Academic Master

Education, English

Why did America Lose the Vietnam War?

The Political Reason:

The South Vietnamese government was faction-driven, undemocratic, and corrupt at the time of war. It proved incapable of providing its people and army with a cause worth fighting a battle as big as the Vietnam War. The Communists were much more successful in comparison to the United States and the future happiness of the people of Vietnam.

The government persuaded millions of them to support and die for it while keeping them in the trance of a bright future; it promised to reform the corrupt socio-economic system. The government whipped up a national sentiment against the American Imperialists. On the other hand, The American President has committed its military to war without having a clear plan of action. He deliberately misled the Americans about the cost and duration of the war and kept them ignorant of the bleak realities of Vietnam.

The Military Reason:

The South Vietnamese people hid the Communist guerrillas, thus making it harder for the American and Vietnamese soldiers to fight them. They were rarely able to fight them and could only grope after the elusive enemy. Furthermore, they had to fight them on their terms if the soldiers ever got the chance. The Vietnamese troops outnumbered the American soldiers from the beginning despite the fact they started pouring into the country in 1965.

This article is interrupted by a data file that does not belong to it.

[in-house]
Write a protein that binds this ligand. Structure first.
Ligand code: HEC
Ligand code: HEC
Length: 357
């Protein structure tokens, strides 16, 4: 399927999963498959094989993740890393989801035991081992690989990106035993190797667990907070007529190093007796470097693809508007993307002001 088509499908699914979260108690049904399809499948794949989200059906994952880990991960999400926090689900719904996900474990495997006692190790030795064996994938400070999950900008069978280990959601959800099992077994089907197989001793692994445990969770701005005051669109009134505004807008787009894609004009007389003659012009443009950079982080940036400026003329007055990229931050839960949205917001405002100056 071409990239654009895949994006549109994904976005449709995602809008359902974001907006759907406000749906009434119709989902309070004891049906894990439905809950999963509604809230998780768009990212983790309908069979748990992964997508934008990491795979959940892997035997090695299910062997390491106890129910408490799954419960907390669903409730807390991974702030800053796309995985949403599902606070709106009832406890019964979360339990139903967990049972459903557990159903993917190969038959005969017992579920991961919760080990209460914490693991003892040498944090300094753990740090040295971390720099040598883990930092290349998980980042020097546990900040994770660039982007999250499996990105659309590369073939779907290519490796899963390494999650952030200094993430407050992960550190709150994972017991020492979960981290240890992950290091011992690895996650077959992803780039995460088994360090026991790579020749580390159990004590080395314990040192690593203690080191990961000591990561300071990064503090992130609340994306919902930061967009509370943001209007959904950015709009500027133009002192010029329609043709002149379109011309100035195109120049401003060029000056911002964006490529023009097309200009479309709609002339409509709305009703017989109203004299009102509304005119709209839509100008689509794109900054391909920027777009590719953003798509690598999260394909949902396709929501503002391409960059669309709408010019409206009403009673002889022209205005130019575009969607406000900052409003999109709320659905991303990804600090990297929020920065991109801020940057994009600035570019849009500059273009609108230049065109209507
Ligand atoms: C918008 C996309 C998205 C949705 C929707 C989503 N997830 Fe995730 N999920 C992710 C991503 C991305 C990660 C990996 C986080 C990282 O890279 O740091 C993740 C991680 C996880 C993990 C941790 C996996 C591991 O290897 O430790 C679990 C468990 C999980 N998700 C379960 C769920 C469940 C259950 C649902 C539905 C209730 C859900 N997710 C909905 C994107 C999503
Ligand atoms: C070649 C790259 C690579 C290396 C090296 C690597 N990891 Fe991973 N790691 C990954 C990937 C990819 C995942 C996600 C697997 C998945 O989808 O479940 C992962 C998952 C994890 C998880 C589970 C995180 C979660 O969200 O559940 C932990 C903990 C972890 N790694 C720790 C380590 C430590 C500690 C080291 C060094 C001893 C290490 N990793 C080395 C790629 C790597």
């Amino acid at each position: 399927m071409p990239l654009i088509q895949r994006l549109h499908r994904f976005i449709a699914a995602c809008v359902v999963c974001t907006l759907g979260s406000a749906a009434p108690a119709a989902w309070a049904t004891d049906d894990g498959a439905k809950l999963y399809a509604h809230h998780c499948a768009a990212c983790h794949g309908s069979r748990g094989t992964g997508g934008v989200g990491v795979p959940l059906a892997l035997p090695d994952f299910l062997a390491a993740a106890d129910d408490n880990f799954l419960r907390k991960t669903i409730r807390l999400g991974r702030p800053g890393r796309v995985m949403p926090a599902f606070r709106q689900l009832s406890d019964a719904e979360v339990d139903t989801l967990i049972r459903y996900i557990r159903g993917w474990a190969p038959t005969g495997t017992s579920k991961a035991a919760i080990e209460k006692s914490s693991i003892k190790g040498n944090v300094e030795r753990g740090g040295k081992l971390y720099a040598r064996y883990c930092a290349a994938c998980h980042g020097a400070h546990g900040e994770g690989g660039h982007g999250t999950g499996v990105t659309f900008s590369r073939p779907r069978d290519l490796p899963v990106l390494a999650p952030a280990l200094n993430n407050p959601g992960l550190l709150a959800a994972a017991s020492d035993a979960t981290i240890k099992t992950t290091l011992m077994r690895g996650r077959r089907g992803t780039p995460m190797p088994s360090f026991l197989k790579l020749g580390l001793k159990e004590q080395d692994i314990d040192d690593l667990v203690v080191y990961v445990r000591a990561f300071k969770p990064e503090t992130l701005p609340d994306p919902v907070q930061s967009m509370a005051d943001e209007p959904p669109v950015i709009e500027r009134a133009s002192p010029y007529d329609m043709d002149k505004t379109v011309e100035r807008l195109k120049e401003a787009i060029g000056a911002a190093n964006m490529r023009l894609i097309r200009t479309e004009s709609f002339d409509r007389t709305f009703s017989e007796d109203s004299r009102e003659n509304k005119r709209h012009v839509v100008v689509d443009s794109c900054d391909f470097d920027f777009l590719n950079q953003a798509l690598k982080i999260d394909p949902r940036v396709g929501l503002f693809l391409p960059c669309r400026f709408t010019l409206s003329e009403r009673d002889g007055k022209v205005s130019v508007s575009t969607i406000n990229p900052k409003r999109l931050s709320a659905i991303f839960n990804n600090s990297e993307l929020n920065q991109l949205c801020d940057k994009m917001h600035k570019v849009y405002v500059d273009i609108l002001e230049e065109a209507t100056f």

The Economic Reason:

The South Vietnamese soldiers were well-supplied with firearms and other advanced weapons. Thanks to helicopters and transport planes, they enjoyed considerable mobility during the war. The Americans would have won the war if they had fully mobilized their national power. However, it would have resulted in calling up the Reserves, raising taxes, and other sacrifices. Therefore, the American government restrained from doing so.

The Psychological Reason:

According to the revisionists’ point of view, the failure of America in the Vietnam War has a psychological base. The victory could only be brought forward on the land if the American political leaders had maintained their support with the decision of war. At the end of the United States, there was an absence of presidential cheerleading. The Pentagon had no idea about the timeline of the war. However, contrary to America’s attitude, the Vietnamese attitude towards the war played a decisive role in this failure. Popular support for Communism started in the United States and declined as the war in Vietnam kept dragging on, whereas there was no popular support for the concept of war in Vietnam. Moreover, they always supported the economic system under Communism. A large part of the society favored Communists. However, the South Vietnamese soldiers had a weak will to fight. This shortcoming was never overcome.

The Technological Reason:

The media played a critical role in painting the picture of the Vietnam War in the eyes of both the Vietnamese and the Americans. Mediums such as newspapers and television were used to inform the public about the progress of the war. These mediums shaped the views of the war and the American soldiers in the manner they viewed themselves. Some of the media channels emphasized the fearlessness, strength, and dignity of the American soldiers, whereas the other focused on showing the suffering and anguish of the Vietnamese soldiers. Thus, a stereotype of a soldier’s life was built by the media because those at home knew nothing about it. On returning to their homes, the soldiers were frustrated and annoyed by the strange behaviors of their families. There was a lack of the process of adjustment because the media created hype around the Vietnam War with profit-maximization purposes. The process of self-identification among the soldiers was hampered, too.

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